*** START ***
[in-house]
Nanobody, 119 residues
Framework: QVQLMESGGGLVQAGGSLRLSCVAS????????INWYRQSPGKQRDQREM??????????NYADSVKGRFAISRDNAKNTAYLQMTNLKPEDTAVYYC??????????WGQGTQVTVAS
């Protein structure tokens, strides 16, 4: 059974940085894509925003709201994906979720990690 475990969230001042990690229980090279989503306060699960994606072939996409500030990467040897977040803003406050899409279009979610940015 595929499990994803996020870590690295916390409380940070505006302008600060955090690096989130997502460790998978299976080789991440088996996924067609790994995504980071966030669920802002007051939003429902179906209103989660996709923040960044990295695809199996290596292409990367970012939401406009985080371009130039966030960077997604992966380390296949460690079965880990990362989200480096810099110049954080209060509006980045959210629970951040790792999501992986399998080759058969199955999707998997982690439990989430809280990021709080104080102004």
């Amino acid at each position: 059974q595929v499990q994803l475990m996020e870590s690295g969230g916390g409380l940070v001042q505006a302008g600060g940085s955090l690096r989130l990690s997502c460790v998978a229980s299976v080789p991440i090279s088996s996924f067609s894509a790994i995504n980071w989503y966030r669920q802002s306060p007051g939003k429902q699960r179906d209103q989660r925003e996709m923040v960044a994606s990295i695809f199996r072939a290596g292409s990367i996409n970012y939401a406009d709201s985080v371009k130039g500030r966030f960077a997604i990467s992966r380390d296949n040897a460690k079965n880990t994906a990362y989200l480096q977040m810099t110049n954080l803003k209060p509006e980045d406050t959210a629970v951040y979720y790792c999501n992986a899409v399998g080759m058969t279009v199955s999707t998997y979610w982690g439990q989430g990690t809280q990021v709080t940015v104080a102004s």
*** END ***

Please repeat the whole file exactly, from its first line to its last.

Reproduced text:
[in-house]
Nanobody, 119 residues
Framework: QVQLMESGGGLVQAGGSLRLSCVAS????????INWYRQSPGKQRDQREM??????????NYADSVKGRFAISRDNAKNTAYLQMTNLKPEDTAVYYC??????????WGQGTQVTVAS
């Protein structure tokens, strides 16, 4: 059974940085894509925003709201994906979720990690 475990969230001042990690229980090279989503306060699960994606072939996409500030990467040897977040803003406050899409279009979610940015 595929499990994803996020870590690295916390409380940070505006302008600060955090690096989130997502460790998978299976080789991440088996996924067609790994995504980071966030669920802002007051939003429902179906209103989660996709923040960044990295695809199996290596292409990367970012939401406009985080371009130039966030960077997604992966380390296949460690079965880990990362989200480096810099110049954080209060509006980045959210629970951040790792999501992986399998080759058969199955999707998997982690439990989430809280990021709080104080102004």
């Amino acid at each position: 059974q595929v499990q994803l475990m996020e870590s690295g969230g916390g409380l940070v001042q505006a302008g600060g940085s955090l690096r989130l990690s997502c460790v998978a229980s299976v080789p991440i090279s088996s996924f067609s894509a790994i995504n980071w989503y966030r669920q802002s306060p007051g939003k429902q699960r179906d209103q989660r925003e996709m923040v960044a994606s990295i695809f199996r072939a290596g292409s990367i996409n970012y939401a406009d709201s985080v371009k130039g500030r966030f960077a997604i990467s992966r380390d296949n040897a460690k079965n880990t994906a990362y989200l480096q977040m810099t110049n954080l803003k209060p509006e980045d406050t959210a629970v951040y979720y790792c999501n992986a899409v399998g080759m058969t279009v199955s999707t998997y979610w982690g439990q989430g990690t809280q990021v709080t940015v104080a102004s």